While thankful they'd escaped with their lives, people were forced to face the physical damage. Winds blew through the sanctuary of a Methodist church, homes were flattened. Vice President Gore tried to
reassure the tornado victims in his home state.
GORE: This administration will do everything possible to help these people recover.))
Three freight trains collided today- in Bryan Ohio-
killing two crew members and derailing 16 cars over a quarter mile.
Both of the victims were thrown from the engine-
It's not clear whether fog contributed to the accident but officials say snow held up rescue crews.
((THERE WERE SOME EFFORTS HAMPERED INITIALLY BECAUSE OF HEAVY SNOW WE'VE HAD THAT RANGES ANYWHERE FROM SIX INCHES TO WAIST DEEP. WE HAD SOME PLOWS TO GET BACK TO THE ACCIDENT SCENE WHICH WAS A QUARTER MILE OFF THE ROAD RIGHT NOW.))
[SUPER=01-Bill Priest/Emergency Medical Personnel;]
[OUT Q=RIGHT NOW.]
38 people were evacuated from several homes in Northwestern Ohio- as one engine burned for hours.
The wreckage also blocked a main railroad route to Chicago.
[(toss to R)]
(toss to Robin)
[HARD MUSIC UNDER]
The abortion debate takes center stage today at the General Assembly. We'll have that story next.
And we'll see how local leaders are remembering Martin Luther King Junior.
On Health Check, a new test under development could spot ovarian cancer years earlier.
Stay with us. There's More News 7 after this break.
A restriction on abortion rights is most likely to become law this year in Virginia.
People who oppose abortion rights rallied today for a 24-hour waiting period.
We were asked NOT to identify a woman who wished she'd been forced to wait before her abortion.
[SOT PRESSER 09:45:47]
[IN Q=I wanted to leave]
((I WANTED TO LEAVE. BUT AS I LOOKED FOR SOMEONE TO ASK FOR MY BELONGINGS...tears... MY NAME WAS CALLED. I FELT THAT I HAD CROSSED THE POINT OF NO RETURN.))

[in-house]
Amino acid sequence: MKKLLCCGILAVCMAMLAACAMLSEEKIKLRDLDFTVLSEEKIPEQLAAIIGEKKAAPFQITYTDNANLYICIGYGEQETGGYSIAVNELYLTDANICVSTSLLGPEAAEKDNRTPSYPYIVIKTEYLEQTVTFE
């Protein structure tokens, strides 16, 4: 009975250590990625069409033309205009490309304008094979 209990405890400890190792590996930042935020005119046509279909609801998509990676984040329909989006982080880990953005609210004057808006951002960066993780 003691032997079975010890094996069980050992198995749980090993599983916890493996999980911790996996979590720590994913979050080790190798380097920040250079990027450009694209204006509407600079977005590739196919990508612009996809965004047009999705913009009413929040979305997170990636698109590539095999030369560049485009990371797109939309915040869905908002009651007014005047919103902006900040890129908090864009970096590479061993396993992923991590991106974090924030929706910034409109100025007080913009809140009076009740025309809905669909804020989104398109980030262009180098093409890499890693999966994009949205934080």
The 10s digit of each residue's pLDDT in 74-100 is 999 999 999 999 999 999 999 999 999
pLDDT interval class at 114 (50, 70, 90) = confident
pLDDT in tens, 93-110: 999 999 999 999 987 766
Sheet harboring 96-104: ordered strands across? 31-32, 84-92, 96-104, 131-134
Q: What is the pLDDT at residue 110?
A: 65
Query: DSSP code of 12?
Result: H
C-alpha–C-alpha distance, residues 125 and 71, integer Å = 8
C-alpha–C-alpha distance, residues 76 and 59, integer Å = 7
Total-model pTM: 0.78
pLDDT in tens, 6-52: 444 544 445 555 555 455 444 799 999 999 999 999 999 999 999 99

[OUT Q=no return.]
Planned Parenthood points out Virginia law already requires informed consent.
[SOT 15:01:06 GREENBERG]
[IN Q=And we also ]
((BEN GREENBERG/PLANNED PARENTHOOD OF VIRGINIA: AND WE ALSO FEEL THAT THE BILL IS A SLAP IN THE FACE OF ALL WOMEN. TO SUGGEST THAT A WOMAN DOESN'T THINK THROUGH THIS VERY DIFFICULT DECISION, GIVE IT ALL THE CONSIDERATION IT NEEDS BEFORE MAKING THAT DECISION IS REALLY EXTREMELY DISAPPOINTING, AND PUTS WOMEN IN A VERY BAD LIGHT.))
[SOT presser 09:51:46]
((DEL. BOB MCDONNELL/(R) VIRGINIA BEACH: BUT I SAY THAT THIS BILL REALLY HONORS AND PROTECTS A WOMAN'S RIGHT TO KNOW. TO KNOW FULLY ALL OF THE BENEFITS, THE RISKS, THE ALTERNATIVES.))
[SUPER=01-Ben Greenberg/Planned Parenthood of Virginia;]
[SUPER=01-Del. Bob McDonnell/(R) Virginia Beach; :19]
[OUT Q=the alternatives.]
The waiting period is expected to pass the House.
It's challenge will be a Senate committee.
As President Clinton puts the finishing touches on his State of the Union Speech, his attorneys are preparing their opening arguments for tomorrow's Senate Impeachment trial.
Lee Cowan reports.
[SUPER=01-Joe Lockhart/White House Spokesman;]
[SUPER=01-Sen. Orrin Hatch/(R) Utah;]
[SUPER=01-Lee Cowan/CBS News;]
[OUT Q=CBS NEWS Washington]
((ON THE EVE OF ONE OF THE MOST IMPORTANT DAYS OF HIS PRESIDENCY,
MR. CLINTON TOOK TIME OUT TO VOLUNTEER HIS SERVICES AS PART MARTIN